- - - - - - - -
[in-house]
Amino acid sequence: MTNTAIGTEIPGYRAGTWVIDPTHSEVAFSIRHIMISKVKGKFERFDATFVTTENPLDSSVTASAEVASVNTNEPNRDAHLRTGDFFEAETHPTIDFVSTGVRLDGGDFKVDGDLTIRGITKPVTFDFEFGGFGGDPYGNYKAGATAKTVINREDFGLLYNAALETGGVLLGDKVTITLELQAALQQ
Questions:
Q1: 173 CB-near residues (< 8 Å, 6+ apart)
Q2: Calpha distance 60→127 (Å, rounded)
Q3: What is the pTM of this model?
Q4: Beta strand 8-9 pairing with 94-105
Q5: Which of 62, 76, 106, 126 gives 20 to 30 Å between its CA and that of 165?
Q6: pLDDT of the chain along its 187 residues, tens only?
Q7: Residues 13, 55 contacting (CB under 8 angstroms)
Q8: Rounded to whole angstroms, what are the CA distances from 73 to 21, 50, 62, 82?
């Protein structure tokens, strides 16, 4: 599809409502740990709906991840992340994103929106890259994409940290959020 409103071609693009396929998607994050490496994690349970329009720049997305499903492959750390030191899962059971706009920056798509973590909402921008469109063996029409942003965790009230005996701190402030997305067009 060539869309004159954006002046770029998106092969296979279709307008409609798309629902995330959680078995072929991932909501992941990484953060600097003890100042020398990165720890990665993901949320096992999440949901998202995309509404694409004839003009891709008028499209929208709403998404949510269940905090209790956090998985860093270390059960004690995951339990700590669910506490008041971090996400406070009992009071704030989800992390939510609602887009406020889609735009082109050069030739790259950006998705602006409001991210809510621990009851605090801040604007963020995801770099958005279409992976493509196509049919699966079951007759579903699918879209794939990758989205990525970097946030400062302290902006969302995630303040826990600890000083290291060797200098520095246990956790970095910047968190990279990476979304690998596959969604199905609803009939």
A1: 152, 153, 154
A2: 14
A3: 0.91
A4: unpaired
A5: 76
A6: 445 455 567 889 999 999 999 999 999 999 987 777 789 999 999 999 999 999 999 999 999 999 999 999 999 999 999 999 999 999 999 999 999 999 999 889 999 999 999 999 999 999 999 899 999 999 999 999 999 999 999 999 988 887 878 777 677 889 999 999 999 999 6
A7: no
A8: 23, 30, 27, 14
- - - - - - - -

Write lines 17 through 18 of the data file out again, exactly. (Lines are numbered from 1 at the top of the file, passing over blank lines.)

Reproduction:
A5: 76
A6: 445 455 567 889 999 999 999 999 999 999 987 777 789 999 999 999 999 999 999 999 999 999 999 999 999 999 999 999 999 999 999 999 999 999 999 889 999 999 999 999 999 999 999 899 999 999 999 999 999 999 999 999 988 887 878 777 677 889 999 999 999 999 6